• She learned Hindustani – Victoria was a woman of many languages including German, French, and English.  In the 1870s when she acquired Indian servants, she picked up the Indian language of Hindustani to communicate with them.  She became quite accomplished in both the spoken and written language and thoroughly enjoyed it.

Victorian Boot:

Victorian Boot

As we examine these pieces of trivia about Queen Victoria, we are reminded that, even the greatest of royals, are merely humans at heart with fascinating and interesting attributes.  But rest assured that she still looked royal, sporting queenly garb and leading the fashions of the Victorian era, for which she is named.  To see our collection of Victorian era clothing and royal attire, go to:  http://www.historicalclothingrealm.com/

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King Arthur: Real or Mere Fantasy?

In the Hall of Fame of legendary figures, none compare to the great King Arthur.  This renowned character who pulled the sword, Excalibur, from the stone and became king, leading the Britains against the Saxon invaders in the 6th century, has stood the test of time and still remains a popular subject of interest.  Even though King Arthur and his knights are rooted in folklore and romantic tales, there has been much debate by ancient and modern historians alike, as to whether their existence was real.

Knights Clothing: http://www.historicalclothingrealm.com/shop-by-period-medieval.html

Though some poems and stories of Wales recounting King Arthur are documented at an earlier date, the work that put King Arthur on the map was Geoffrey of Monmouth’s “The History of the Kings of Britain” in 1136.  Monmouth lived a mere twenty miles from Caerleon, the place where Arthur set up court, in his work.  According to legend, Caerleon was actually Camelot.  So, Camelot may have existed, but what about King Arthur?  A few historical works, “History of the Britons” and “The Welsh Annals”, do indeed record Arthur as a historical figure in the late 5th century to the early 6th century who led the Britains against the invasion of the Anglo Saxons.  Other potential supporting evidence of Arthur’s existence is the 9th century work “HistoriaBritonum” which includes 12 battles the king fought.

King Arthur Costume:

King Arthur Costume

As time went on, more confirmation that Arthur could be real, surfaced.  There was the 10th century Annales Cambriae tying Arthur to the historic Battle of Mount Badon, as well as the Battle of Camlan, where Arthur was killed.  This account is often used to support the accuracy of the “HistoriaBritonum” and goes to support Arthur’s participation at the Battle of Badon.  Also, as the Arthurian legends continued to develop, elements of them appeared in Geoffrey of Monmouth’s work, that connected with history.

In addition to writings, sites associated with King Arthur have been excavated as possible proof of his existence.  These spots include South Cadbury Castle, Glastonbury Abbey (believed to be the site of the Isle of Avalon), and Tintagel Castle (Arthur’s birthplace).  Within the locations found, there are some parallel historical events that match the Arthurian legends.  However, while some pieces fit together, no concrete proof can be tracked.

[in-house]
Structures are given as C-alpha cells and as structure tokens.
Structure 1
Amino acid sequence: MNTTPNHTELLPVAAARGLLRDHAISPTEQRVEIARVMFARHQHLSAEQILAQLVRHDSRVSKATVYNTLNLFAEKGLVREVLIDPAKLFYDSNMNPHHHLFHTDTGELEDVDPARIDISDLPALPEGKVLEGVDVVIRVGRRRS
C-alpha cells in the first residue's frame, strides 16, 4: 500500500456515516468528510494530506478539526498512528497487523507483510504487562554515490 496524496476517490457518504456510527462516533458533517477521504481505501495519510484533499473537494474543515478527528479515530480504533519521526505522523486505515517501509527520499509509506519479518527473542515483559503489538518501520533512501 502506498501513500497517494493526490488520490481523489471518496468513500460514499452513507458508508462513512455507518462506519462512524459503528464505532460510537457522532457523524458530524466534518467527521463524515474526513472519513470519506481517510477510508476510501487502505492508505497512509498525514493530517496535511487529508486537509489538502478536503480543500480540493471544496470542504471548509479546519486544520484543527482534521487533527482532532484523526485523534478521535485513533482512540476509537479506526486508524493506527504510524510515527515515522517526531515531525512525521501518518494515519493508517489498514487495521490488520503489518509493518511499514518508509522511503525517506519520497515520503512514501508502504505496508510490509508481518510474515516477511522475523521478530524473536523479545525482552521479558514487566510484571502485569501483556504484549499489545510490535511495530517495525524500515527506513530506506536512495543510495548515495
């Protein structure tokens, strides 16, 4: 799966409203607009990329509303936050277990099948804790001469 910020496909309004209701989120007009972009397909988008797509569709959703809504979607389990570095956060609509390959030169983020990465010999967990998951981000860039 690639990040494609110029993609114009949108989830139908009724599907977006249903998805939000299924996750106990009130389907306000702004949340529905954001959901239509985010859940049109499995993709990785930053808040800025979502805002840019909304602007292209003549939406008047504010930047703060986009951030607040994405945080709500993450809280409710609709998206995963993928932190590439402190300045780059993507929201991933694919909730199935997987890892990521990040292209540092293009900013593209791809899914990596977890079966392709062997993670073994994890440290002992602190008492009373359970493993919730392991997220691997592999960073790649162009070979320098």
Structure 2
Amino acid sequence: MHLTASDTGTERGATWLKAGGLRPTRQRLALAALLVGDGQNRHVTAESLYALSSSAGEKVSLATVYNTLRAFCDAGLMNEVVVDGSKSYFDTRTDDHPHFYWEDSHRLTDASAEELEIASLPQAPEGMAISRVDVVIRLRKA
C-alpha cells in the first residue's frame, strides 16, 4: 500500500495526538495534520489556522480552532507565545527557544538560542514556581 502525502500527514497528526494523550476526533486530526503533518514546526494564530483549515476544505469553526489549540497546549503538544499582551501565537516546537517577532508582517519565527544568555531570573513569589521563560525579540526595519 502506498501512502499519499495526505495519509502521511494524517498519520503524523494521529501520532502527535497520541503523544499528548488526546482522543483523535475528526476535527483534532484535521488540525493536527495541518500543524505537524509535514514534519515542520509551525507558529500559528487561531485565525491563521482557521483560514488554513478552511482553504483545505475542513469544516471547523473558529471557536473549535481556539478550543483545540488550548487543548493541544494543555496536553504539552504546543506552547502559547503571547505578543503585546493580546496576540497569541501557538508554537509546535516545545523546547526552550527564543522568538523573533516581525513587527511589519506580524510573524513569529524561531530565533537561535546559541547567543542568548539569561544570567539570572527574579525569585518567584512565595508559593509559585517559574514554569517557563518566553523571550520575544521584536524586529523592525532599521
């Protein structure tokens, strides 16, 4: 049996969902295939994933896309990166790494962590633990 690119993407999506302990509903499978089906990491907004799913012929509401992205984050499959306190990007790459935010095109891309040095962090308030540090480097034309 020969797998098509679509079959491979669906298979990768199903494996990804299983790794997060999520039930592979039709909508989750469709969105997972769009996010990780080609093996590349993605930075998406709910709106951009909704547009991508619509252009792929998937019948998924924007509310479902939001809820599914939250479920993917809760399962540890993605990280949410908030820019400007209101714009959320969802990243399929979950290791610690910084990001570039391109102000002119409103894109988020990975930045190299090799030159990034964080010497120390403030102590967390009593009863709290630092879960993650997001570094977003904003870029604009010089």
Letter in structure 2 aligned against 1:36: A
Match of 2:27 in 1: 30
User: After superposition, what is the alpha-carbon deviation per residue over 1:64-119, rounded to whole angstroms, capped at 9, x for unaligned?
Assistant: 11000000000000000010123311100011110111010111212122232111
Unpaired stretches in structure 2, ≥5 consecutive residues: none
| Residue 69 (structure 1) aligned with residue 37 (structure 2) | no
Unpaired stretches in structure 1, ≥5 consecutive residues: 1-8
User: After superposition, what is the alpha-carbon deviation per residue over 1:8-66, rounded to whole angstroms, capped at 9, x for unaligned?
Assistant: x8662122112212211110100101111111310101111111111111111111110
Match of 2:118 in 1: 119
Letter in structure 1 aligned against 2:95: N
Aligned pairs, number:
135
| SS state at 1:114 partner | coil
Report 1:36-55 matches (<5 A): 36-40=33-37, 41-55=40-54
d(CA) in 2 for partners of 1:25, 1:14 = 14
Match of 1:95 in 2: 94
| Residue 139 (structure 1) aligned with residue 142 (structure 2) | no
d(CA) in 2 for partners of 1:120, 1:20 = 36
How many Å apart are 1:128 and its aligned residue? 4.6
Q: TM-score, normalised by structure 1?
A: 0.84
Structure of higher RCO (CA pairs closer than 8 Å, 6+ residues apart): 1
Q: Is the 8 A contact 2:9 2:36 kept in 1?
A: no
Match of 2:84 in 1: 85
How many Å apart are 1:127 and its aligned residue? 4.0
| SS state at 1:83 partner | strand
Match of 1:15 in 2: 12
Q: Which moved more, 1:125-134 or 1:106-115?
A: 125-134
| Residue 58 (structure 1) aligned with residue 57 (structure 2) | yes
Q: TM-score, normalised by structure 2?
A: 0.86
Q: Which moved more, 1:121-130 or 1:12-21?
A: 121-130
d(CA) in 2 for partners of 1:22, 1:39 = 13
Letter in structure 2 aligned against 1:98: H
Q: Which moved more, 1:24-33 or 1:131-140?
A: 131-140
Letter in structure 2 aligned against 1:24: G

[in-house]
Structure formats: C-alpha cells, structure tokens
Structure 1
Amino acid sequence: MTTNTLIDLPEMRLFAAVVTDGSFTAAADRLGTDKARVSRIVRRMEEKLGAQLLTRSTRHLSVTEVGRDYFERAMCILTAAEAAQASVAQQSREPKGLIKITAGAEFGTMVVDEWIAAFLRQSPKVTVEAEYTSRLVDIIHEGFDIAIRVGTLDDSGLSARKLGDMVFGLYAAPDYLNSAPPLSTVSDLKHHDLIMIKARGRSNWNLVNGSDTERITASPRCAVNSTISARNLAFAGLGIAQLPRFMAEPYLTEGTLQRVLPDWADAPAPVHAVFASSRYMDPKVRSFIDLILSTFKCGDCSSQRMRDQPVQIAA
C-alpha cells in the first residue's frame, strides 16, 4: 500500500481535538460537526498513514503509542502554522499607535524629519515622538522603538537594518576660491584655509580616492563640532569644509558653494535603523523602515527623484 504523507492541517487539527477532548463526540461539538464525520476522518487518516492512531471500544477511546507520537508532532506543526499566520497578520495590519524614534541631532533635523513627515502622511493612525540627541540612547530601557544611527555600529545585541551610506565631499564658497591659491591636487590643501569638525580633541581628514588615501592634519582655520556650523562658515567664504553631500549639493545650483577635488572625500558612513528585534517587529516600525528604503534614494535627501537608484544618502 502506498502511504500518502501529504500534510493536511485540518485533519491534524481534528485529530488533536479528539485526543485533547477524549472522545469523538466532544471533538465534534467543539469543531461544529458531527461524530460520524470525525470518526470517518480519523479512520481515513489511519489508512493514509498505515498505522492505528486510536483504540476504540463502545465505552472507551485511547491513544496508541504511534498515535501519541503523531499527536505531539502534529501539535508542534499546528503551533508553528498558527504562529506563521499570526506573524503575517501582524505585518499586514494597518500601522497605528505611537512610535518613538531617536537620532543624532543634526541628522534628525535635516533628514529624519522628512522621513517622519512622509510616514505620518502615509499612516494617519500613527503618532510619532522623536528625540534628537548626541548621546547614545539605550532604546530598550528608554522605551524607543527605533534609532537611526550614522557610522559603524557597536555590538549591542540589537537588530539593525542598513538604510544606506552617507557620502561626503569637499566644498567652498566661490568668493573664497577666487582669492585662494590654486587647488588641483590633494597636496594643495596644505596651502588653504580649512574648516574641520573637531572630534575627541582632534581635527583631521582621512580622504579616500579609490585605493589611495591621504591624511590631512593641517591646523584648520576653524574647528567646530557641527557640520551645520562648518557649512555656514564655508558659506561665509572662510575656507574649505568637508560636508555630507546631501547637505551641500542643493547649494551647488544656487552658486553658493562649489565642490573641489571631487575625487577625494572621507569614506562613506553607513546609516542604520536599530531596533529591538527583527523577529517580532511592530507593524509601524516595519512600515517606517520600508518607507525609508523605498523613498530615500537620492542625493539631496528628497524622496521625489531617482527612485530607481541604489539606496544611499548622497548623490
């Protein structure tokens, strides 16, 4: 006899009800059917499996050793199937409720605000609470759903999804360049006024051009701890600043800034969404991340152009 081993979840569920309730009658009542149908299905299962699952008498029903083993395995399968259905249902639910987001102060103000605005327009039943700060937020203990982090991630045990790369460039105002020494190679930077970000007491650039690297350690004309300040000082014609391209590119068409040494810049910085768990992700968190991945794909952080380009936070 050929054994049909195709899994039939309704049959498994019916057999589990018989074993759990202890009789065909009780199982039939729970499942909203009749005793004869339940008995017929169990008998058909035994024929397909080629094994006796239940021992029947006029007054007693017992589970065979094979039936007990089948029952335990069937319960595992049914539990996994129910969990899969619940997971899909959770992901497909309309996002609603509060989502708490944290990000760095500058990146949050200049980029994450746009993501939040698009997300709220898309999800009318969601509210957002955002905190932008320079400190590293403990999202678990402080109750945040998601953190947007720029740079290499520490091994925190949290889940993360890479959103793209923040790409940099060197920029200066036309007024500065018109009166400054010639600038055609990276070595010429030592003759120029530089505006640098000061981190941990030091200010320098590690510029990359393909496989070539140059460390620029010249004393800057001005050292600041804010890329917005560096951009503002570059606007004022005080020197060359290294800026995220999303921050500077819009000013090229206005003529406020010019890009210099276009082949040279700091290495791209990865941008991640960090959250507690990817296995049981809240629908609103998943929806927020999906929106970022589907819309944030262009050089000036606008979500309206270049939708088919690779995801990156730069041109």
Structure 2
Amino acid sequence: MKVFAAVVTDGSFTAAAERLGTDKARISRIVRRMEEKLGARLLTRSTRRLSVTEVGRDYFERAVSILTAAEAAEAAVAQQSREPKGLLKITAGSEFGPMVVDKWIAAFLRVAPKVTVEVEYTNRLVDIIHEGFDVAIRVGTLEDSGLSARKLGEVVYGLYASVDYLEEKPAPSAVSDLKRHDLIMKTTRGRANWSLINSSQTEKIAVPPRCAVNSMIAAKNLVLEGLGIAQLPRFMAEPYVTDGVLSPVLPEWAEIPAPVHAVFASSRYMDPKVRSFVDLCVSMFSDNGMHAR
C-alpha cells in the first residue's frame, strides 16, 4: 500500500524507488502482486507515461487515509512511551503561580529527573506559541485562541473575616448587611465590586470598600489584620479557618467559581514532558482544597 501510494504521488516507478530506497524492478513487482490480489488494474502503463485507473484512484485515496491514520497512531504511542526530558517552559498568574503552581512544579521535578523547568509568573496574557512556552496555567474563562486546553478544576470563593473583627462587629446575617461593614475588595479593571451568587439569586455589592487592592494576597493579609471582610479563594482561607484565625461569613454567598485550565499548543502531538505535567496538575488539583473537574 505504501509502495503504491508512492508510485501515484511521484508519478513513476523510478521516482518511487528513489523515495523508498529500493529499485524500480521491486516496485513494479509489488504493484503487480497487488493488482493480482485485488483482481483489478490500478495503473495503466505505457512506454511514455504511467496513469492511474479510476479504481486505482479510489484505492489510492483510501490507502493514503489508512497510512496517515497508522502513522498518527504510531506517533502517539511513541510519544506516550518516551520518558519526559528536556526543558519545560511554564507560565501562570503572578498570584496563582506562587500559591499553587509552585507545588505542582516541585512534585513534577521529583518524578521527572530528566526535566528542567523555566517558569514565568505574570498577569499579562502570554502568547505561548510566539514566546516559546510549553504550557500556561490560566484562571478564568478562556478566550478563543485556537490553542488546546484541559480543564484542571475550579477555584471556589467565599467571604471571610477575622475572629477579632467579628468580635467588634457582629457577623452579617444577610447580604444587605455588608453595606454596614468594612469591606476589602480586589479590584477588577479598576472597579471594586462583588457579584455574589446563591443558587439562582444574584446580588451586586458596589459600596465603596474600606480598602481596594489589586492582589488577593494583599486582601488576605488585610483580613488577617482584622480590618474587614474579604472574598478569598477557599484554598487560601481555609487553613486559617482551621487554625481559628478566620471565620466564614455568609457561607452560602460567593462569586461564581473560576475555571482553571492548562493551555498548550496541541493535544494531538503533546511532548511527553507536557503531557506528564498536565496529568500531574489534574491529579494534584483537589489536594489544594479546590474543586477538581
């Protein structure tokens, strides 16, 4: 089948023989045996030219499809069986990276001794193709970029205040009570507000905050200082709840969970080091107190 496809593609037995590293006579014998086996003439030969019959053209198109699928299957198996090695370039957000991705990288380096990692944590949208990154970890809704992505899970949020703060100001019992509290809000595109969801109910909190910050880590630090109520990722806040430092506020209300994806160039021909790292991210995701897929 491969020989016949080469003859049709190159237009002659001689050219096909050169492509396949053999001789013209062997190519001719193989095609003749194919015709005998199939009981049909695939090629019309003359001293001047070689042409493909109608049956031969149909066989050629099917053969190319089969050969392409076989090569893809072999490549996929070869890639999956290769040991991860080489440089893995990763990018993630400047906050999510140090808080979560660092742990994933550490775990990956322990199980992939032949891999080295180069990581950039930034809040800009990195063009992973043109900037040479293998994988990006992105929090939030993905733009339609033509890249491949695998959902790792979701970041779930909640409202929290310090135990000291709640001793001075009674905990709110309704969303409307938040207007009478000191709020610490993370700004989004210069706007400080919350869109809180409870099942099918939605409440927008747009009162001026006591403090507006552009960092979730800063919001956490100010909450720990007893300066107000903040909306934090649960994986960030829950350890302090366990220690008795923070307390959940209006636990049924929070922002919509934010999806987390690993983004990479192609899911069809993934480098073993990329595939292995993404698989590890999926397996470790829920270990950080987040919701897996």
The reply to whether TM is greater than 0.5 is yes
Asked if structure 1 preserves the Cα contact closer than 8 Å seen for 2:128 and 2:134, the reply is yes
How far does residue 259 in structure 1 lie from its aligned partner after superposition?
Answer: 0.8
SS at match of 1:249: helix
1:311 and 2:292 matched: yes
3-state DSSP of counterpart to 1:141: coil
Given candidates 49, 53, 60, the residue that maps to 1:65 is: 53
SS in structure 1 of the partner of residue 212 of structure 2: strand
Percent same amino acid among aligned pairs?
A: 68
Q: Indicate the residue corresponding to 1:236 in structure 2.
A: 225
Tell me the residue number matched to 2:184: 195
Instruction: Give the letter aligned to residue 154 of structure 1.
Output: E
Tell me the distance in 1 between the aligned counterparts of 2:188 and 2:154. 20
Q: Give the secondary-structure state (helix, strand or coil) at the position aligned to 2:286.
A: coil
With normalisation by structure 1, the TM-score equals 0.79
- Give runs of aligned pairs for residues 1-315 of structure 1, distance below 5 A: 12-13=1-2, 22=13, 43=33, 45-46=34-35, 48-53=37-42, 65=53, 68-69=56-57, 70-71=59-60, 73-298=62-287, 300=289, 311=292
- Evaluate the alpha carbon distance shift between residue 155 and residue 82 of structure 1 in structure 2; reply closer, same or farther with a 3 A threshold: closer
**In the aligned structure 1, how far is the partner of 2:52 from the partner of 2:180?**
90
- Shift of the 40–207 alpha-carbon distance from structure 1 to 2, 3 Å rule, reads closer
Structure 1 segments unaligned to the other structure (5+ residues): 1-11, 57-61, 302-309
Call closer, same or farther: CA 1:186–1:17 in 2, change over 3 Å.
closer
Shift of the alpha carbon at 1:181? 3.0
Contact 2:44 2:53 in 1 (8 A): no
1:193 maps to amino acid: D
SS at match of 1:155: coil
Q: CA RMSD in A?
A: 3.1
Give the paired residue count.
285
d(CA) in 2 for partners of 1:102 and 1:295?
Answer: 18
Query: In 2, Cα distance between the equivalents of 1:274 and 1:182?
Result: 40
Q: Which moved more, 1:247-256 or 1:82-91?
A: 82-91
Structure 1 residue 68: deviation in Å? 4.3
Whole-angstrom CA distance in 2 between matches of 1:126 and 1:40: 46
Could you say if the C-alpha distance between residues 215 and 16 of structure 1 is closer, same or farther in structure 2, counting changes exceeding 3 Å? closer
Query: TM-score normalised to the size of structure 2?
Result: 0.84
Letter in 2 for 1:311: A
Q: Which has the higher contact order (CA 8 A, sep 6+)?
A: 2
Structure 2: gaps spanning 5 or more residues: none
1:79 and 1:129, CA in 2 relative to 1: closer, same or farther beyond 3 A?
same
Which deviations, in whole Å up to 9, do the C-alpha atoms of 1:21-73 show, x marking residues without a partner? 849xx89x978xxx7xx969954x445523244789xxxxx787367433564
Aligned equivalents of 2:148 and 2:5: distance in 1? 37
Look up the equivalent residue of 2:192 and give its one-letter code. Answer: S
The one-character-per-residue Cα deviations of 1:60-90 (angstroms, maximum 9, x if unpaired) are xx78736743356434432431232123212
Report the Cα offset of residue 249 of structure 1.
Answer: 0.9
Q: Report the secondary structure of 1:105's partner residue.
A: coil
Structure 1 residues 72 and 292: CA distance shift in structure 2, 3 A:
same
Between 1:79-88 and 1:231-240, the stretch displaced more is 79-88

King Arthur Helmet:

King Arthur Helmet

While there is some documentation that King Arthur could have been real, another line of historians argue that he is merely a character of legend and myth and did not exist.  As findings are sparse, it is a debate that will continue to go on forever and there is a good chance we will never know if there was a real King Arthur.  But regardless, his impact has given us many exciting stories of imagination and adventure!

To view our King Arthur attire, as well as other knightly offerings, go to:  http://www.historicalclothingrealm.com/

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A Few Star Wars Surprises

Star Wars…you have seen the movies hundreds of times and know the characters like your best friends.  You’ve collected all the toys, read all the books, and are pretty sure you know everything there is to know about these famed films.  Now here is the true test for all you die-hard fans…take a perusal at these interesting Star Wars facts and either pat yourself on the back for being an expert or allow yourself to be enlightened and educated on things you didn’t know.

Star Wars: http://www.historicalclothingrealm.com/official-replicas-star-wars.html

 

  •  In 1973, George Lucas, an unknown director, proposed the idea of a Star Wars film to Universal Studios and was rejected.  I bet Universal wishes they could rethink that decision!
  • While developing Star Wars, George Lucas drew on a great deal of inspiration from the works of Akira Kirasawa, most notably the films Hidden Fortress and Seven Samurai.  The characters of Han Solo and Yoda especially mirror characters in these films.
  • In addition to actress, Carrie Fisher, actresses, Sissy Spacek and Cindy Williams also auditioned for the role of Princess Leia.
  • Among the many technological innovations developed specifically for Star Wars was the widely used motion control camera, which matched motion of object to camera.  Other technological advances include stop motion capture and rotoscoping.

Luke Skywalker Full Jedi Ensemble with Boots:

Luke Skywalker Full Jedi Ensemble with Boots

  • In addition to the studio’s lack of confidence in Star Wars, the cast also had doubts due to the weird concepts and dialogue.  As a result, tension and awkwardness occurred frequently during filming.
  • In early drafts of the script, Luke Skywalker’s character was called Luke Starkiller.